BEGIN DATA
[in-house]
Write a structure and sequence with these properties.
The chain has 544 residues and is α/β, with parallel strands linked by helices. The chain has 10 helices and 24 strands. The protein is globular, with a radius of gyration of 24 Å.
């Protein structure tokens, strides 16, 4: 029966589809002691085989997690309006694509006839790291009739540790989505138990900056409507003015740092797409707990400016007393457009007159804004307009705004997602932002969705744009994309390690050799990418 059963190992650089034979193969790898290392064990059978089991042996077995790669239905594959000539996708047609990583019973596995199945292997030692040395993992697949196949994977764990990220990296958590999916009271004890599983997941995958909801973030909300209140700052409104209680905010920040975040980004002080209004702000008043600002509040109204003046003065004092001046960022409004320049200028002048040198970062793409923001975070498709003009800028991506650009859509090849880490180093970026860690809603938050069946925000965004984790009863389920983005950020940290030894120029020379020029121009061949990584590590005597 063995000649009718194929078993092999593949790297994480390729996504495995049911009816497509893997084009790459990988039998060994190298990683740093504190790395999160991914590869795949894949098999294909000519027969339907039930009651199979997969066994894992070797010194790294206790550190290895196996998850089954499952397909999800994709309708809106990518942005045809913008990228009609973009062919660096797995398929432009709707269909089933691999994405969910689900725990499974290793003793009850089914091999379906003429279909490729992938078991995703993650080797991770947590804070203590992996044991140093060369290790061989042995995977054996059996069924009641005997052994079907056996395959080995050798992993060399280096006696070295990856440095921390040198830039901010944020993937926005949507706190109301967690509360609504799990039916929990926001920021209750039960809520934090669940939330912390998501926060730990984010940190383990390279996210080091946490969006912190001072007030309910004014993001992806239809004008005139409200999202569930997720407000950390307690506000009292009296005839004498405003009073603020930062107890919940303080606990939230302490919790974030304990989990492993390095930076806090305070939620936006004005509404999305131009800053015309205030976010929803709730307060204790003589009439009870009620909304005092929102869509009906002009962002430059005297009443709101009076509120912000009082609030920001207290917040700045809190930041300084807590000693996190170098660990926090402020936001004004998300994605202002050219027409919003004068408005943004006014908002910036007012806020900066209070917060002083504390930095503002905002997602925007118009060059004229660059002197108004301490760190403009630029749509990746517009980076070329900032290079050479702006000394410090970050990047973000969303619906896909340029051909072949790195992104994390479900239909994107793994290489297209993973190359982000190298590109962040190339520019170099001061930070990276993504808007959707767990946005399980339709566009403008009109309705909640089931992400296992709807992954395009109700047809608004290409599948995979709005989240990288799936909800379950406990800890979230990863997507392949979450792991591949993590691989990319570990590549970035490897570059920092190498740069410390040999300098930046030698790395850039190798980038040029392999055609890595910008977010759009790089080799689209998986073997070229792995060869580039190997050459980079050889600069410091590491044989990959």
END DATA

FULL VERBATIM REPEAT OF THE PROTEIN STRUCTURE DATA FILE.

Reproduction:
[in-house]
Write a structure and sequence with these properties.
The chain has 544 residues and is α/β, with parallel strands linked by helices. The chain has 10 helices and 24 strands. The protein is globular, with a radius of gyration of 24 Å.
């Protein structure tokens, strides 16, 4: 029966589809002691085989997690309006694509006839790291009739540790989505138990900056409507003015740092797409707990400016007393457009007159804004307009705004997602932002969705744009994309390690050799990418 059963190992650089034979193969790898290392064990059978089991042996077995790669239905594959000539996708047609990583019973596995199945292997030692040395993992697949196949994977764990990220990296958590999916009271004890599983997941995958909801973030909300209140700052409104209680905010920040975040980004002080209004702000008043600002509040109204003046003065004092001046960022409004320049200028002048040198970062793409923001975070498709003009800028991506650009859509090849880490180093970026860690809603938050069946925000965004984790009863389920983005950020940290030894120029020379020029121009061949990584590590005597 063995000649009718194929078993092999593949790297994480390729996504495995049911009816497509893997084009790459990988039998060994190298990683740093504190790395999160991914590869795949894949098999294909000519027969339907039930009651199979997969066994894992070797010194790294206790550190290895196996998850089954499952397909999800994709309708809106990518942005045809913008990228009609973009062919660096797995398929432009709707269909089933691999994405969910689900725990499974290793003793009850089914091999379906003429279909490729992938078991995703993650080797991770947590804070203590992996044991140093060369290790061989042995995977054996059996069924009641005997052994079907056996395959080995050798992993060399280096006696070295990856440095921390040198830039901010944020993937926005949507706190109301967690509360609504799990039916929990926001920021209750039960809520934090669940939330912390998501926060730990984010940190383990390279996210080091946490969006912190001072007030309910004014993001992806239809004008005139409200999202569930997720407000950390307690506000009292009296005839004498405003009073603020930062107890919940303080606990939230302490919790974030304990989990492993390095930076806090305070939620936006004005509404999305131009800053015309205030976010929803709730307060204790003589009439009870009620909304005092929102869509009906002009962002430059005297009443709101009076509120912000009082609030920001207290917040700045809190930041300084807590000693996190170098660990926090402020936001004004998300994605202002050219027409919003004068408005943004006014908002910036007012806020900066209070917060002083504390930095503002905002997602925007118009060059004229660059002197108004301490760190403009630029749509990746517009980076070329900032290079050479702006000394410090970050990047973000969303619906896909340029051909072949790195992104994390479900239909994107793994290489297209993973190359982000190298590109962040190339520019170099001061930070990276993504808007959707767990946005399980339709566009403008009109309705909640089931992400296992709807992954395009109700047809608004290409599948995979709005989240990288799936909800379950406990800890979230990863997507392949979450792991591949993590691989990319570990590549970035490897570059920092190498740069410390040999300098930046030698790395850039190798980038040029392999055609890595910008977010759009790089080799689209998986073997070229792995060869580039190997050459980079050889600069410091590491044989990959």